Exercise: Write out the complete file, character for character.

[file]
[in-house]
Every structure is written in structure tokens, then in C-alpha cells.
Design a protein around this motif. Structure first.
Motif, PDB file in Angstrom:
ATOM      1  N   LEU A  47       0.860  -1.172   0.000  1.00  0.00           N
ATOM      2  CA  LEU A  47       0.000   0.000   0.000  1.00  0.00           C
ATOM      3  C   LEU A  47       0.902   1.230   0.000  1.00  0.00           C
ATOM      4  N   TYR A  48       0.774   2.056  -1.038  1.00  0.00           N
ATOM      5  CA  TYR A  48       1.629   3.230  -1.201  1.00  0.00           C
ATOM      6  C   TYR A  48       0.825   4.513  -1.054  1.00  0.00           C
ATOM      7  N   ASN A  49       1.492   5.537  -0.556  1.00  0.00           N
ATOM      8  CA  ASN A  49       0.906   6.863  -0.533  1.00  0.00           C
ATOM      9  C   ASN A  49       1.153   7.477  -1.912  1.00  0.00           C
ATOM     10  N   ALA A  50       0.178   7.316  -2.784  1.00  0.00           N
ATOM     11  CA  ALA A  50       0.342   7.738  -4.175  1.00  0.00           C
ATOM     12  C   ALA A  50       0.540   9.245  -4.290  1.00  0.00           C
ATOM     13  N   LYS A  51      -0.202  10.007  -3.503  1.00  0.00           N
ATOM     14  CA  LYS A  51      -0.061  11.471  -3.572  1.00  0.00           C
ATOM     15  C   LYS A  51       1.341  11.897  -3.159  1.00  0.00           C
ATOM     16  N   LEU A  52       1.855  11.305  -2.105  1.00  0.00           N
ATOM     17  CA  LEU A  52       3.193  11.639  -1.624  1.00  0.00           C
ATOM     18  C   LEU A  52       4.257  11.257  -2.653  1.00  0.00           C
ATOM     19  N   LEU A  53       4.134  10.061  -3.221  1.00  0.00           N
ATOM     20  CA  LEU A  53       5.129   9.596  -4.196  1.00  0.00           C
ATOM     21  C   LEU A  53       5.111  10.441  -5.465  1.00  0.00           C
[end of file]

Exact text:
[in-house]
Every structure is written in structure tokens, then in C-alpha cells.
Design a protein around this motif. Structure first.
Motif, PDB file in Angstrom:
ATOM      1  N   LEU A  47       0.860  -1.172   0.000  1.00  0.00           N
ATOM      2  CA  LEU A  47       0.000   0.000   0.000  1.00  0.00           C
ATOM      3  C   LEU A  47       0.902   1.230   0.000  1.00  0.00           C
ATOM      4  N   TYR A  48       0.774   2.056  -1.038  1.00  0.00           N
ATOM      5  CA  TYR A  48       1.629   3.230  -1.201  1.00  0.00           C
ATOM      6  C   TYR A  48       0.825   4.513  -1.054  1.00  0.00           C
ATOM      7  N   ASN A  49       1.492   5.537  -0.556  1.00  0.00           N
ATOM      8  CA  ASN A  49       0.906   6.863  -0.533  1.00  0.00           C
ATOM      9  C   ASN A  49       1.153   7.477  -1.912  1.00  0.00           C
ATOM     10  N   ALA A  50       0.178   7.316  -2.784  1.00  0.00           N
ATOM     11  CA  ALA A  50       0.342   7.738  -4.175  1.00  0.00           C
ATOM     12  C   ALA A  50       0.540   9.245  -4.290  1.00  0.00           C
ATOM     13  N   LYS A  51      -0.202  10.007  -3.503  1.00  0.00           N
ATOM     14  CA  LYS A  51      -0.061  11.471  -3.572  1.00  0.00           C
ATOM     15  C   LYS A  51       1.341  11.897  -3.159  1.00  0.00           C
ATOM     16  N   LEU A  52       1.855  11.305  -2.105  1.00  0.00           N
ATOM     17  CA  LEU A  52       3.193  11.639  -1.624  1.00  0.00           C
ATOM     18  C   LEU A  52       4.257  11.257  -2.653  1.00  0.00           C
ATOM     19  N   LEU A  53       4.134  10.061  -3.221  1.00  0.00           N
ATOM     20  CA  LEU A  53       5.129   9.596  -4.196  1.00  0.00           C
ATOM     21  C   LEU A  53       5.111  10.441  -5.465  1.00  0.00           C